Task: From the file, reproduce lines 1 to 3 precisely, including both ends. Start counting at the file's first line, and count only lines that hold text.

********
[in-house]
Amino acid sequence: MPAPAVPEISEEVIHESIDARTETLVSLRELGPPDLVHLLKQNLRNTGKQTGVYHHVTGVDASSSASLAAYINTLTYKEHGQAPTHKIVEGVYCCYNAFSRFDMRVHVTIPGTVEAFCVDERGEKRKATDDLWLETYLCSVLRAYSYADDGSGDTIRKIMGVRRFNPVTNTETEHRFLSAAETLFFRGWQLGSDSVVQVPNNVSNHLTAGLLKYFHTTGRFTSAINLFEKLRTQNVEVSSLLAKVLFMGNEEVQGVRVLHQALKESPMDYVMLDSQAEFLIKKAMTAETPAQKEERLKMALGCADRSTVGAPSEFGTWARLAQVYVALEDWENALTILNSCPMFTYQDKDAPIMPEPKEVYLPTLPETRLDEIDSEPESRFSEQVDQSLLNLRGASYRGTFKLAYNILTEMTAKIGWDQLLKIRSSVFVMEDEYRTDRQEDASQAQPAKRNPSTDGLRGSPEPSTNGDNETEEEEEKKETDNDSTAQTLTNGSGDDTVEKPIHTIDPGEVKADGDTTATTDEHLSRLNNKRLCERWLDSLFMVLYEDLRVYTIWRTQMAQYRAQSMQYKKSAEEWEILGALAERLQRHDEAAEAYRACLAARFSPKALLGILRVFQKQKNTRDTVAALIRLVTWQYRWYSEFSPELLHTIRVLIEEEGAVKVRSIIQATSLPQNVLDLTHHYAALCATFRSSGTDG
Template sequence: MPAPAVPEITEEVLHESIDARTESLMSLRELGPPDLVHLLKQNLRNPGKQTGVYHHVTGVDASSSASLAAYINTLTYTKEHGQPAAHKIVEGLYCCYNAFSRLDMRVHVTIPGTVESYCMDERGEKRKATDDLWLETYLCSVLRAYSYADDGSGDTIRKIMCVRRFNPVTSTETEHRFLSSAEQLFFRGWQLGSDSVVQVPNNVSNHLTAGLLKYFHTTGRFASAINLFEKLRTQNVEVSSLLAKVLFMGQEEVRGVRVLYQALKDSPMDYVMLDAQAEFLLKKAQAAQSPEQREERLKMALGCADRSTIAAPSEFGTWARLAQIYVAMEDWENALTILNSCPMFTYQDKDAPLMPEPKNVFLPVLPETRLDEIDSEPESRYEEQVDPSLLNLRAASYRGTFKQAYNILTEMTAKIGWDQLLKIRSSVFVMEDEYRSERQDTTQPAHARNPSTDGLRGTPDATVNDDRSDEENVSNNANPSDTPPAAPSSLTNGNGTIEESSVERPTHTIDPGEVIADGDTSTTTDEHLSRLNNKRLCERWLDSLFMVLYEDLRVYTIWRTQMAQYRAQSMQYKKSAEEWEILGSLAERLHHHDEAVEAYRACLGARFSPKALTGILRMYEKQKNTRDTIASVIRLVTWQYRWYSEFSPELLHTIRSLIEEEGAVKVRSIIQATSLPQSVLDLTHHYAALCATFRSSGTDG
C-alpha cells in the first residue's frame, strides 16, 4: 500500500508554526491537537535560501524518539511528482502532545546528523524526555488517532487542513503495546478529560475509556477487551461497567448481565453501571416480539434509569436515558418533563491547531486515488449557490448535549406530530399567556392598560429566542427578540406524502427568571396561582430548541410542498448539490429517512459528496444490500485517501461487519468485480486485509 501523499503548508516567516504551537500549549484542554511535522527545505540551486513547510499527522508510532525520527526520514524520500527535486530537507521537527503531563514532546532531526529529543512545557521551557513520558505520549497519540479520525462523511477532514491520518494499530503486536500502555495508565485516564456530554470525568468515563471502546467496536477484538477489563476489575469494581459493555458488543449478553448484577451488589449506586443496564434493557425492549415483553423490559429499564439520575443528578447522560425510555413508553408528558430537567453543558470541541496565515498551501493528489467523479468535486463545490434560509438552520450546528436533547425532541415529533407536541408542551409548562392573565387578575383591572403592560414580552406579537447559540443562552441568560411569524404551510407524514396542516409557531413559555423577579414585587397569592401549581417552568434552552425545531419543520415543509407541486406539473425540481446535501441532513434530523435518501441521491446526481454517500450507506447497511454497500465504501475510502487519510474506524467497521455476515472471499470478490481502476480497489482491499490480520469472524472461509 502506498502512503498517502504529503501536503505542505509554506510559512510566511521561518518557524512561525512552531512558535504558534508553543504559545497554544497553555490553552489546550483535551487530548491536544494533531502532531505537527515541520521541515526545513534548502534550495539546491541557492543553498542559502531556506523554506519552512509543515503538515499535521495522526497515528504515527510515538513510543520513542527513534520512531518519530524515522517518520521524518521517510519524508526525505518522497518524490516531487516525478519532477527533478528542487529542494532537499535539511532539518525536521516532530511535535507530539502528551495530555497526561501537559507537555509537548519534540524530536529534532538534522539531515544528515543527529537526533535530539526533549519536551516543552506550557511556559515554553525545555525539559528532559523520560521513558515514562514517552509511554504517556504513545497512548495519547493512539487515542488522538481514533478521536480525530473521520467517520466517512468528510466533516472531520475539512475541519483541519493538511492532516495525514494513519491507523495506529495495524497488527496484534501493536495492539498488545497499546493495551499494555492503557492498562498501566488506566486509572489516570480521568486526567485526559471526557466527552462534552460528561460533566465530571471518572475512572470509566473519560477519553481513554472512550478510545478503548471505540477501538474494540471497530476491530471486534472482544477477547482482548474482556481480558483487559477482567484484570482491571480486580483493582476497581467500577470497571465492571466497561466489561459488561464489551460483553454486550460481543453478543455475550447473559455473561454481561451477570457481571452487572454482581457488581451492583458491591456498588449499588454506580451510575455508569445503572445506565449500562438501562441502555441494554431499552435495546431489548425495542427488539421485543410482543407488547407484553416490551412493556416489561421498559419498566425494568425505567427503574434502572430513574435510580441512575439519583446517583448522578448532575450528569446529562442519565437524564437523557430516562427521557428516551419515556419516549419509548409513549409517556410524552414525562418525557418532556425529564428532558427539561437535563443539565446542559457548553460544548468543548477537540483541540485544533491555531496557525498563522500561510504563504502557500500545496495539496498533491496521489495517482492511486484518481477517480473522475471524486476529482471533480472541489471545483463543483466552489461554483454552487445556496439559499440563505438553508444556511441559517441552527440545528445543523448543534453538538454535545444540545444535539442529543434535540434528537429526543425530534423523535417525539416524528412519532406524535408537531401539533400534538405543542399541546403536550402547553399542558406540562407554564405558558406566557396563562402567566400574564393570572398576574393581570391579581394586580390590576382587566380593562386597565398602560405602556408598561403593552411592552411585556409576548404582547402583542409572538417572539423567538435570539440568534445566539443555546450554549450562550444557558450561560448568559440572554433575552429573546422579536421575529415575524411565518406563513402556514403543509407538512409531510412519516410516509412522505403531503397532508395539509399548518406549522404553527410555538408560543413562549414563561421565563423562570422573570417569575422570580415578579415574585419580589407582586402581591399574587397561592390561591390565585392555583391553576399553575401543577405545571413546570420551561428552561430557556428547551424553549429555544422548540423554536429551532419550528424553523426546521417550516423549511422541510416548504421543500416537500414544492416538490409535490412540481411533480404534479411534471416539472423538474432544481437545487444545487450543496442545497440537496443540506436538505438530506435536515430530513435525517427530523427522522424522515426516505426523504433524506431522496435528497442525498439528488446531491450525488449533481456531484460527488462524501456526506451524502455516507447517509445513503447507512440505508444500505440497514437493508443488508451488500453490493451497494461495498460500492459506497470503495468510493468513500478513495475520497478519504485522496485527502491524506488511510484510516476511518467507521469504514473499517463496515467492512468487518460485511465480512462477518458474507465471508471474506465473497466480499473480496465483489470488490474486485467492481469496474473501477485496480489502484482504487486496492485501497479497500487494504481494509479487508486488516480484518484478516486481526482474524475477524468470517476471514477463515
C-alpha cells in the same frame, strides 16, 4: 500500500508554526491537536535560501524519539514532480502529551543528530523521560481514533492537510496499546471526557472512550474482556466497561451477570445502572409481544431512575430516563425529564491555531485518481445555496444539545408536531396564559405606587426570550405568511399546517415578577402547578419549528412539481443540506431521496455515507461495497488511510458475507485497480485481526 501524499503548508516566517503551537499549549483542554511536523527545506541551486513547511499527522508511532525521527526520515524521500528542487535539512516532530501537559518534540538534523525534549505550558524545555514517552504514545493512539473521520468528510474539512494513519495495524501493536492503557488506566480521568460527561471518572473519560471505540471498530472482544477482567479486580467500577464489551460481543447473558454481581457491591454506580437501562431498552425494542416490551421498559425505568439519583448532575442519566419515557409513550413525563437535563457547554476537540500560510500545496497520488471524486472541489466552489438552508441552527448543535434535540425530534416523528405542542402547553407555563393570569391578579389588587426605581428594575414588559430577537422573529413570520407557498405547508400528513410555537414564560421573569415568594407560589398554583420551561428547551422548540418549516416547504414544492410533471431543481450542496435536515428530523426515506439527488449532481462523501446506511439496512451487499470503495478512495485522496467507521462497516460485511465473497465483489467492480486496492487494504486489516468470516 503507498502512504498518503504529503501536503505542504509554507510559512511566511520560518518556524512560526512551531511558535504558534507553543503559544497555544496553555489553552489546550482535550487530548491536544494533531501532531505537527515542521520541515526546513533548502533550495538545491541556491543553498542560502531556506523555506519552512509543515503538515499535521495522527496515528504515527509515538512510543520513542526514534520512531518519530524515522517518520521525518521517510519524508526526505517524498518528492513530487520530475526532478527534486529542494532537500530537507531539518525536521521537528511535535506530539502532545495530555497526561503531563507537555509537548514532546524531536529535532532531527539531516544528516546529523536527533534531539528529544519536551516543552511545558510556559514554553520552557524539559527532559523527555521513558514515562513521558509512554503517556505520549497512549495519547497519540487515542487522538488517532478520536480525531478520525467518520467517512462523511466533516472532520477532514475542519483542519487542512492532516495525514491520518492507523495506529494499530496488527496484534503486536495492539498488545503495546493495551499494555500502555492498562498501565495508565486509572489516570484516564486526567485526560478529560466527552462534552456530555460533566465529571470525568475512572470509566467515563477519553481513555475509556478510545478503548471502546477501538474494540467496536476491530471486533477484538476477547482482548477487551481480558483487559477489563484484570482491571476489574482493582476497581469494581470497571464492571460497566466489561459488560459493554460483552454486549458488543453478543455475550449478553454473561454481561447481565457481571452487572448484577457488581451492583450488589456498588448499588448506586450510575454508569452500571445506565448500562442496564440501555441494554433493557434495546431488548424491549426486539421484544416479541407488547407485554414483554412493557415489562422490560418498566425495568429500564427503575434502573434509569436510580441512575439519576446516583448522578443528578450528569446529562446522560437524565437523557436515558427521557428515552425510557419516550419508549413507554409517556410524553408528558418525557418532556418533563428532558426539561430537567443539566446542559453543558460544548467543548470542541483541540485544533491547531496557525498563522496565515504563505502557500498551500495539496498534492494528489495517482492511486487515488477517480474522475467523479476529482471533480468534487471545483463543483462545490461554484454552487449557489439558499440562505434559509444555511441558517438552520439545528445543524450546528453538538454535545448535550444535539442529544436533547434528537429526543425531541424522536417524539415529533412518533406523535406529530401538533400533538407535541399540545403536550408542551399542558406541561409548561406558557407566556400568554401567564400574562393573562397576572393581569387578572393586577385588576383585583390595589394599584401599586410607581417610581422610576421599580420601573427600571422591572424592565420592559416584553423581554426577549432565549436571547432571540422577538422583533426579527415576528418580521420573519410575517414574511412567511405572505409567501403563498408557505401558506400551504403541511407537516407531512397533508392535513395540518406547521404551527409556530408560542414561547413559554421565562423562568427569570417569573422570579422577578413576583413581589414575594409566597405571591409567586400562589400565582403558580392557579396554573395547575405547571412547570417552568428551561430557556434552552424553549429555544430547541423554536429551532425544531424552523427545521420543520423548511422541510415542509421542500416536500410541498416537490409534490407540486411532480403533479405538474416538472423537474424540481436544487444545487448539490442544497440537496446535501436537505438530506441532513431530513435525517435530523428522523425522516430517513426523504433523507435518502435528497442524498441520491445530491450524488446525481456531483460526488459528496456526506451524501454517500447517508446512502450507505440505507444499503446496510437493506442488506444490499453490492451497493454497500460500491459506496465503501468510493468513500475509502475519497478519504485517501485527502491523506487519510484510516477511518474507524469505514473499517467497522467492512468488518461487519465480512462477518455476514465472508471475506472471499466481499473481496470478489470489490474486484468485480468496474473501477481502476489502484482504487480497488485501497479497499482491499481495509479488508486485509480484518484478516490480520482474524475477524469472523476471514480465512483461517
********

[in-house]
Amino acid sequence: MPAPAVPEISEEVIHESIDARTETLVSLRELGPPDLVHLLKQNLRNTGKQTGVYHHVTGVDASSSASLAAYINTLTYKEHGQAPTHKIVEGVYCCYNAFSRFDMRVHVTIPGTVEAFCVDERGEKRKATDDLWLETYLCSVLRAYSYADDGSGDTIRKIMGVRRFNPVTNTETEHRFLSAAETLFFRGWQLGSDSVVQVPNNVSNHLTAGLLKYFHTTGRFTSAINLFEKLRTQNVEVSSLLAKVLFMGNEEVQGVRVLHQALKESPMDYVMLDSQAEFLIKKAMTAETPAQKEERLKMALGCADRSTVGAPSEFGTWARLAQVYVALEDWENALTILNSCPMFTYQDKDAPIMPEPKEVYLPTLPETRLDEIDSEPESRFSEQVDQSLLNLRGASYRGTFKLAYNILTEMTAKIGWDQLLKIRSSVFVMEDEYRTDRQEDASQAQPAKRNPSTDGLRGSPEPSTNGDNETEEEEEKKETDNDSTAQTLTNGSGDDTVEKPIHTIDPGEVKADGDTTATTDEHLSRLNNKRLCERWLDSLFMVLYEDLRVYTIWRTQMAQYRAQSMQYKKSAEEWEILGALAERLQRHDEAAEAYRACLAARFSPKALLGILRVFQKQKNTRDTVAALIRLVTWQYRWYSEFSPELLHTIRVLIEEEGAVKVRSIIQATSLPQNVLDLTHHYAALCATFRSSGTDG
Template sequence: MPAPAVPEITEEVLHESIDARTESLMSLRELGPPDLVHLLKQNLRNPGKQTGVYHHVTGVDASSSASLAAYINTLTYTKEHGQPAAHKIVEGLYCCYNAFSRLDMRVHVTIPGTVESYCMDERGEKRKATDDLWLETYLCSVLRAYSYADDGSGDTIRKIMCVRRFNPVTSTETEHRFLSSAEQLFFRGWQLGSDSVVQVPNNVSNHLTAGLLKYFHTTGRFASAINLFEKLRTQNVEVSSLLAKVLFMGQEEVRGVRVLYQALKDSPMDYVMLDAQAEFLLKKAQAAQSPEQREERLKMALGCADRSTIAAPSEFGTWARLAQIYVAMEDWENALTILNSCPMFTYQDKDAPLMPEPKNVFLPVLPETRLDEIDSEPESRYEEQVDPSLLNLRAASYRGTFKQAYNILTEMTAKIGWDQLLKIRSSVFVMEDEYRSERQDTTQPAHARNPSTDGLRGTPDATVNDDRSDEENVSNNANPSDTPPAAPSSLTNGNGTIEESSVERPTHTIDPGEVIADGDTSTTTDEHLSRLNNKRLCERWLDSLFMVLYEDLRVYTIWRTQMAQYRAQSMQYKKSAEEWEILGSLAERLHHHDEAVEAYRACLGARFSPKALTGILRMYEKQKNTRDTIASVIRLVTWQYRWYSEFSPELLHTIRSLIEEEGAVKVRSIIQATSLPQSVLDLTHHYAALCATFRSSGTDG